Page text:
Using this ghost screen, they incorporated it in one of their main ballscreen sets that are used by most teams in the NBA today. It starts off with ghost action as the first screen out of Horns.
If the initial drive downhill is not open then the big on the opposite elbow sets a flare screen for the player who set the ghost screen.
Because of this chaos, this can also open up the opportunity for the big to slip when the defense overplays.
Then the big will go into a ballscreen if none of the initial options are open.
My favorite concept and the main thing I stole from the Jazz offense for my own coaching philosophy is what most NBA teams call “Stampedes” or downhill drives off the catch.
This is especially useful when attacking closeouts in space and looking to “Run Through” the kickout pass.
Flip the Switch
One of the best counters to attack switching that the Jazz used was to “Flip the Switch” or when the defense switches a big onto a guard, to have the player handling the ball to into a secondary flip action with another player.
They typically ran this action toward the strongside corner so that way the big has to guard in space or stay attached. If the player guarding the corner did cheat in on the drive then the corner 3 would end up open.
Top 10 finish in 6 seasons, Top 5 in 4 seasons
When you look at a Quin Snyder coached defense, and especially the last 5 years, the shots they choose to give up are typically mid-range looks only. Ranking in the top 5 in both rim frequency % allowed and 3-point frequency % allowed in pretty much every year from 2017-2022.
The defensive strategy for the Jazz was simple, make the other team take the worst shots on the court, and contest as best as possible without fouling.
Ballscreen Drop Coverage
Since they had an elite rim protector with Rudy Gobert, the ballscreen coverage played right into this philosophy by using him in Drop ballscreen coverage.
The basics of this coverage are simple, force the ballhandler inside the 3-point line with rear pressure from the guard and then not allow any rim attacks by having Gobert drop back and protect the paint.
Of course, this would leave the Jazz vulnerable to 3-point shots off the dribble, but for the most part in the NBA you have to give up something and the risk is worth the reward.
Contest & Defend Without Fouling
One of the biggest standouts when looking at their strategy and film was the Jazz did not gamble, did not foul, and made their opponent earn every basket on the court. They consistently improved under Snyder throughout the years and made sure to not give the other team easy chances to score.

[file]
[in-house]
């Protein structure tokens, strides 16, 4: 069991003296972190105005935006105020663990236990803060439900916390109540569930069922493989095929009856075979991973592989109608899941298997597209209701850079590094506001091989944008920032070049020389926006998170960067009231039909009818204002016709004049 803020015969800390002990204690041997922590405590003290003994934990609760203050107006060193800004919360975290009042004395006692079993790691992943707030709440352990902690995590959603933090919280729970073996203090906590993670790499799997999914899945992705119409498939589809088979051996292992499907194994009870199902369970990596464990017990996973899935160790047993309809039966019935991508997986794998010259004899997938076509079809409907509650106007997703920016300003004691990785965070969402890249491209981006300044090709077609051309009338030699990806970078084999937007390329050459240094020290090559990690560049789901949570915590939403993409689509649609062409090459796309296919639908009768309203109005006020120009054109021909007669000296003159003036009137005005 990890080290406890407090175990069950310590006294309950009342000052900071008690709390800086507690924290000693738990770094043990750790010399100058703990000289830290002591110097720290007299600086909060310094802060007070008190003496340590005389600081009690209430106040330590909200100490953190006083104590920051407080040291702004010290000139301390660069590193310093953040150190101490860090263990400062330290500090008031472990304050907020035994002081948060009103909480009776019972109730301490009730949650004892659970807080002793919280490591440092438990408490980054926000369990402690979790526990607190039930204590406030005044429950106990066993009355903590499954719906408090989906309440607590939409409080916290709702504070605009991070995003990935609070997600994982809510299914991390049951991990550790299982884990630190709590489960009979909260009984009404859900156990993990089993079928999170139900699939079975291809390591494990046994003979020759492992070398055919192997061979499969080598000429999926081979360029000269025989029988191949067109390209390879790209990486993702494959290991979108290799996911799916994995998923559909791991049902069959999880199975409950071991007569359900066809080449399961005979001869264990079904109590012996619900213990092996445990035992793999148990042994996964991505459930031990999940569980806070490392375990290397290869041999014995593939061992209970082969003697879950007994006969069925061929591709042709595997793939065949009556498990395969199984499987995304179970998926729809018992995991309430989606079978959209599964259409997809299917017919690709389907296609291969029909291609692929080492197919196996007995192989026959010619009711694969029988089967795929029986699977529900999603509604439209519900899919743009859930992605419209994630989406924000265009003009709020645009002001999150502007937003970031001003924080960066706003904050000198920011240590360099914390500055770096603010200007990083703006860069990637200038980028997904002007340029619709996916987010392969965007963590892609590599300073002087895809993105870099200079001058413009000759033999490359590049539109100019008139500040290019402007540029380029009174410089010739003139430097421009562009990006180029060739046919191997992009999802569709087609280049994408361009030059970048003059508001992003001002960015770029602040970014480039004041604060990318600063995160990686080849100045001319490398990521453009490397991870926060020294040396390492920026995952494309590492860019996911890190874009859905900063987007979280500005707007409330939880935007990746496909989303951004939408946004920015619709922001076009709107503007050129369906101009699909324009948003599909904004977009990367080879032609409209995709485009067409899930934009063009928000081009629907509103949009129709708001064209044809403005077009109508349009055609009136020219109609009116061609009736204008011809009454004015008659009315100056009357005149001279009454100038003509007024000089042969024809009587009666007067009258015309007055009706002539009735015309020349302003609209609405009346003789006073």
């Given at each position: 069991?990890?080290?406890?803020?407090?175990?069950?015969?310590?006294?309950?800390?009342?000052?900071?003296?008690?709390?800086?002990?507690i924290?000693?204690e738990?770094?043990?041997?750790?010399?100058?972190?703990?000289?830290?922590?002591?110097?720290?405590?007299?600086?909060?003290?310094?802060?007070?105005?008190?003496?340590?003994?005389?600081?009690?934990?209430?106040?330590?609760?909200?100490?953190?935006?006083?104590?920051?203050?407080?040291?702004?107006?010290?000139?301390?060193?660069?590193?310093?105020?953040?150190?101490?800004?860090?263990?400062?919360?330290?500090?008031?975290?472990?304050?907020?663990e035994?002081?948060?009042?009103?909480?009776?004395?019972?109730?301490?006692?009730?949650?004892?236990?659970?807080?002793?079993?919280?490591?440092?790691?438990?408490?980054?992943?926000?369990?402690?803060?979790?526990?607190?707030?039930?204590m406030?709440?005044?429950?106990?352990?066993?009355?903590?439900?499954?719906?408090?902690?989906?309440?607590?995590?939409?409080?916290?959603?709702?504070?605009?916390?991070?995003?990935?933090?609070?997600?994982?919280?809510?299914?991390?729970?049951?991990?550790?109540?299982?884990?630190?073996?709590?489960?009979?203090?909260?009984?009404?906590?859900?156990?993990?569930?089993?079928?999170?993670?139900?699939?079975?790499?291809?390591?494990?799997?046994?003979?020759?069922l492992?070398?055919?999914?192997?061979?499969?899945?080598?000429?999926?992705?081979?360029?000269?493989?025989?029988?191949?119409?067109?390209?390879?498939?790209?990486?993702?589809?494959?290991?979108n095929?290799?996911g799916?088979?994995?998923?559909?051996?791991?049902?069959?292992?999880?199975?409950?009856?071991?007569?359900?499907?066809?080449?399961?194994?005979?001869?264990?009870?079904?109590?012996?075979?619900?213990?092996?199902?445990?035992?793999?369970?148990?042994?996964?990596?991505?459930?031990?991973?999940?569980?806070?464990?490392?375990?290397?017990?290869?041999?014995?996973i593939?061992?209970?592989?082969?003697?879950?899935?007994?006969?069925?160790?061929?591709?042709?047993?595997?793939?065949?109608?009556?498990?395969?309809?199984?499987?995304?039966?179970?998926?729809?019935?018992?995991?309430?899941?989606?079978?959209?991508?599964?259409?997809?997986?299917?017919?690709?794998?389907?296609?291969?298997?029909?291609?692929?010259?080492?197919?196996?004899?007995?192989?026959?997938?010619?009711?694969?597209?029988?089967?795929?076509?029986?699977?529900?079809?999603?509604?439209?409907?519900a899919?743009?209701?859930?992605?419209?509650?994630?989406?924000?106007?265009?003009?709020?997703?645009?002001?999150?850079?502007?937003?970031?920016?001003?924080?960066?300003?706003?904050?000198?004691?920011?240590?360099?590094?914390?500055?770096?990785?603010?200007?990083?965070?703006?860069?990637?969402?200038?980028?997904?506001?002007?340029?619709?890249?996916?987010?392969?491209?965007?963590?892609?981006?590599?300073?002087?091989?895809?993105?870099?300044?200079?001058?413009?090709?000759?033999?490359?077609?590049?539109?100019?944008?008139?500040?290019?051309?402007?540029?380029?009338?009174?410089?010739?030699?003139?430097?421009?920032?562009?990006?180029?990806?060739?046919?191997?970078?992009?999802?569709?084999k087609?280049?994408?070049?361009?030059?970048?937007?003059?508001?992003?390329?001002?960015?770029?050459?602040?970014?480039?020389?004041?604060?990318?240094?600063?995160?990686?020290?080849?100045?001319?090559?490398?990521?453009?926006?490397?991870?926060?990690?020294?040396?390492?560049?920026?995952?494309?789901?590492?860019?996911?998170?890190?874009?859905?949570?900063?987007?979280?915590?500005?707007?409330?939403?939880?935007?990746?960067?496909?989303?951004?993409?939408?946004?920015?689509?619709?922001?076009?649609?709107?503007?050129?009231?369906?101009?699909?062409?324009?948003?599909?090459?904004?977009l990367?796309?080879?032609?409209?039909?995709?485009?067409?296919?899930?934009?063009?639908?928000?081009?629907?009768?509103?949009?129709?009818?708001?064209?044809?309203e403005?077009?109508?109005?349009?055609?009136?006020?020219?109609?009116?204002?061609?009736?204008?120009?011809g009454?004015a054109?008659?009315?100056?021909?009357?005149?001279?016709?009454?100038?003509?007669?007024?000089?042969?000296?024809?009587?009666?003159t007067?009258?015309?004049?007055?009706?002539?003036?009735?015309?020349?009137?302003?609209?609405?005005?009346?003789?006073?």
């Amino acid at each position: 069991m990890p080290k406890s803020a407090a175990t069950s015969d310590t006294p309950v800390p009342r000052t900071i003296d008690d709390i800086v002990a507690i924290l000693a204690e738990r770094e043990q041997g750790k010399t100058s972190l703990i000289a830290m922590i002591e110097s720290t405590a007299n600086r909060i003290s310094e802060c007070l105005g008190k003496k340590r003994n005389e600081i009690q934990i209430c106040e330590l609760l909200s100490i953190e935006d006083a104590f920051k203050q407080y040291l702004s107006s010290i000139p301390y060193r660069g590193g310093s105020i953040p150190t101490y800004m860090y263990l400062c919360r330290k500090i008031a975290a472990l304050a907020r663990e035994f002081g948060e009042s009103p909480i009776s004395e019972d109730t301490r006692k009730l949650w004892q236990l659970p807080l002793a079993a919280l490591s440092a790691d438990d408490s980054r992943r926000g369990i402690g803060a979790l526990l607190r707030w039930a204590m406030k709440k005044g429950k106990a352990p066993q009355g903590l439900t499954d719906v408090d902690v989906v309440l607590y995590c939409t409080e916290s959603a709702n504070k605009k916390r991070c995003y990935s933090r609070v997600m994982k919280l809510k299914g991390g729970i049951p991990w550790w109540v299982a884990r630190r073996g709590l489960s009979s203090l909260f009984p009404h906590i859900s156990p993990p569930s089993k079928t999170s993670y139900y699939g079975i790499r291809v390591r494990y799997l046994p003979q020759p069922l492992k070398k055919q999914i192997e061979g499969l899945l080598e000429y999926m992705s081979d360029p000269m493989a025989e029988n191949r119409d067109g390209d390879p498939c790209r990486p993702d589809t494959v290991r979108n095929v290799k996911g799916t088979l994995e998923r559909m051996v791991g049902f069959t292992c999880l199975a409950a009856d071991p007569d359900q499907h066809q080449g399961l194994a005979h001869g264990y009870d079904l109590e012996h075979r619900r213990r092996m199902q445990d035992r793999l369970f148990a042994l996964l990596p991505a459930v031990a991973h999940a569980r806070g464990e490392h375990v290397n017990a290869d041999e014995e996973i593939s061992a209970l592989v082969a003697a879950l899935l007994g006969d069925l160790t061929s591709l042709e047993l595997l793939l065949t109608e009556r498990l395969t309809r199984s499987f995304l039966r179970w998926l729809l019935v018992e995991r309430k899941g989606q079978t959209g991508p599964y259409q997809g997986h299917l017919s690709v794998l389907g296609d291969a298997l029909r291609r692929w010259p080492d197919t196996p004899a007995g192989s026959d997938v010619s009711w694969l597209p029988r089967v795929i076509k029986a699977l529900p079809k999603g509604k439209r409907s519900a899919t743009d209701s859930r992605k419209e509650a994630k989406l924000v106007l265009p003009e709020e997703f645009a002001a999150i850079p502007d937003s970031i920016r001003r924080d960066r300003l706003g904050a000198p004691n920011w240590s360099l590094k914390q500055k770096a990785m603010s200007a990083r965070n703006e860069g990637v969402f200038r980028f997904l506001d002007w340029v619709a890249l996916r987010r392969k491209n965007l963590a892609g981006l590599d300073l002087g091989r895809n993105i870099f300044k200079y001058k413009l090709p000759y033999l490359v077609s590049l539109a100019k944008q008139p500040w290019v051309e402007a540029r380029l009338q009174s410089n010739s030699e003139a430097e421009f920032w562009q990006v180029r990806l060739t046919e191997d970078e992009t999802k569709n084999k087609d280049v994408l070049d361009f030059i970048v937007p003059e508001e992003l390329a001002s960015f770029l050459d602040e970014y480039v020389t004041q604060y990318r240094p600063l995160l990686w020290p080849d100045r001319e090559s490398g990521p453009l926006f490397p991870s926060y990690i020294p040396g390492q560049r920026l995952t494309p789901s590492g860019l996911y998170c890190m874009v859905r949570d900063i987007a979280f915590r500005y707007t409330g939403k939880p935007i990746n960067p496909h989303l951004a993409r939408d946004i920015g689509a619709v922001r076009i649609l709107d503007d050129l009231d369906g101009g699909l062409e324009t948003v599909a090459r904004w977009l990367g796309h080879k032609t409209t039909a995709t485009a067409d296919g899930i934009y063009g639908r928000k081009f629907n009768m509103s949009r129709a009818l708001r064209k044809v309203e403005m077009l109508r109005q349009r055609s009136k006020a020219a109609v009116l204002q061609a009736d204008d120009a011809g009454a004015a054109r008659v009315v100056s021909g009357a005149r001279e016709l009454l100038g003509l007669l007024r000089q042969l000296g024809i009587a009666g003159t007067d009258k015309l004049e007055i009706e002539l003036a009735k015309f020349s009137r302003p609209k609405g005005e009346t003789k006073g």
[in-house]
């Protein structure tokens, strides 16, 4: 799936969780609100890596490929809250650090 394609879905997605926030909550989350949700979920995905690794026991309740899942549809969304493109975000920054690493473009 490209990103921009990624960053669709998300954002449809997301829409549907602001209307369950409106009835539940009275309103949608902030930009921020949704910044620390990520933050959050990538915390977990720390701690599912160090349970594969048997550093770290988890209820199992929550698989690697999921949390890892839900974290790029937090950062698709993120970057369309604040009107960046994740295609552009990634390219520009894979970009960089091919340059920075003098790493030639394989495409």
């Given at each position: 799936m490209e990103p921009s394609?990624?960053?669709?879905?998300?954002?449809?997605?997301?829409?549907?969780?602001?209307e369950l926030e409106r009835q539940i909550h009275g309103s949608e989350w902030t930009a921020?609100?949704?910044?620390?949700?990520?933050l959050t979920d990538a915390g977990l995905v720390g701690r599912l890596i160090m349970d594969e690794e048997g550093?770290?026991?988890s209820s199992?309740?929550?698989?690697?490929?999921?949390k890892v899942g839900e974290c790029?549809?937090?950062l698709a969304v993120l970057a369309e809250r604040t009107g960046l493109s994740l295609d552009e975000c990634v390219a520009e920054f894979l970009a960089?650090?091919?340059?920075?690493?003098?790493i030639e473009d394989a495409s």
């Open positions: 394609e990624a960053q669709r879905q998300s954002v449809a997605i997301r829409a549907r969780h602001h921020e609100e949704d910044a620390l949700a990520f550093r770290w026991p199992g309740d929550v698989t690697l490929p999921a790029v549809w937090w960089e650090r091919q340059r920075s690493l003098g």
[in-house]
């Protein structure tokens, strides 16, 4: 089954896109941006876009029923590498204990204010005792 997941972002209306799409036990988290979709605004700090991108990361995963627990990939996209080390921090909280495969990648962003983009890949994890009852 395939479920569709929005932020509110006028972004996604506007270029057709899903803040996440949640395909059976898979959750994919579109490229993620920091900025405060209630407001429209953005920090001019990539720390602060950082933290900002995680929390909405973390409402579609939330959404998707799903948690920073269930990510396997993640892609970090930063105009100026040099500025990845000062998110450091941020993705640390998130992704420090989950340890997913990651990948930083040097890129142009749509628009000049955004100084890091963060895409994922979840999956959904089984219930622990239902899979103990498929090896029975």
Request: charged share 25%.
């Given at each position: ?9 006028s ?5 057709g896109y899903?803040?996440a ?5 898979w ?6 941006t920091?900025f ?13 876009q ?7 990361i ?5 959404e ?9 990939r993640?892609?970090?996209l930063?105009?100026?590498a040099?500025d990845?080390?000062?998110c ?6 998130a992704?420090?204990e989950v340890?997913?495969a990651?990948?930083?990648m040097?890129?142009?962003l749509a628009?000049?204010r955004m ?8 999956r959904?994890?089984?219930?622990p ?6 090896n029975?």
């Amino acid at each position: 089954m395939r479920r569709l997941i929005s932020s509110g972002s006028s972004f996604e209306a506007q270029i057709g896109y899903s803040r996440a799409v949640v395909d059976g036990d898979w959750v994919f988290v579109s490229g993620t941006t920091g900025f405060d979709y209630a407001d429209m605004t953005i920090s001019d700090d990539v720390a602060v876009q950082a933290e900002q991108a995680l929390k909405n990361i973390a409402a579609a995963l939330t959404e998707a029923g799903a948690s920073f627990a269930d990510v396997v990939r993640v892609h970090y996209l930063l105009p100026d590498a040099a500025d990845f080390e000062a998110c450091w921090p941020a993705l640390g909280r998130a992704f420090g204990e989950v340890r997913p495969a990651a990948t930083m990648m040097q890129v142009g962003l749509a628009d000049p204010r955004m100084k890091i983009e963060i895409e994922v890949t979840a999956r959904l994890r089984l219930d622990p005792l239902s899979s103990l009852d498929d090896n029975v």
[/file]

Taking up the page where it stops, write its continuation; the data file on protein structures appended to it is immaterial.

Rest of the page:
Elite Rebounding Team
The Jazz were a top-5 defensive rebounding team for most of Snyder’s tenure, which was impressive considering they downsized into a more 4-Guard lineup the last few seasons (19-20). But that ends up being one of the benefits of helping and keeping your big dropped back in the drop coverage.
Biggest Impact Areas For Improvement
Taking over an NBA franchise in the later part of the season, there will be zero time to implement core philosophies outside of easy changes. Implementing an offensive and defensive system without a training camp, practice time and an offseason to get familiar with it is basically impossible right now. So I think personally the two areas we can expect improvement or tweaks will be on the defensive side of the ball when it comes to simple coverages and schemes and the offensive shot profile.
I’ll be honest, I’m super skeptical about this Atlanta Hawks current roster and their defensive potential. They make silly mistakes and Trae is such a horrible defender that I can never see them being an elite defensive team. Just…look at this….
Think about the worst defender in Utah under Snyder and they look like borderline all-defense next to what we have seen from Trae. Even if Trae is not involved, there are times when nobody looks prepared for a ballscreen to take place with simple miscommunications.
I was going to dive deep into the issues plaguing the current Hawks season, but it’s just so difficult to watch. The basic premise is they use Capela “Up To Touch” or around the level of the ballscreen instead of playing him deep, and then Okongwu is slightly more versatile so they will switch him more.
Regardless of who is defending the primary ballscreen, the guards defending it in help have not been great and in the correct positions and really seem disorganized.
I expect a couple of changes quickly to the Hawks defensive scheme:
1 - Universal drop coverage unless specific situations (EOG etc).
2 - More consistent help and off-ball focus.
3 - Forcing MUCH more mid-range and improved defensive shot profile.
Note: Hawks are currently 29th in Loc eFG% on both offense and defense. Meaning they take the worst shots on offense and give up the best shots on defense, a recipe for a bad season.
Offensive Shot Selection
Improving shot selection is easy - in theory - just don’t take low efficient shots. But like any bad habit, it’s easy to solve and difficult to fix so it might take some time but ingraining what the best shots are and emphasizing them will improve efficiency right away. This is probably the easiest and single most important idea to implement now and progressively improve for the rest of this season.
I hope this shed some light on the Jazz offensive and defensive philosophy and how some of this might impact the Hawks season the rest of the way.
Basketball Playbooks | Coaching Clinics | Coaching Membership | Newsletter
I hope you enjoy this breakdown, and as always thank you again for all of your support and for sharing my work.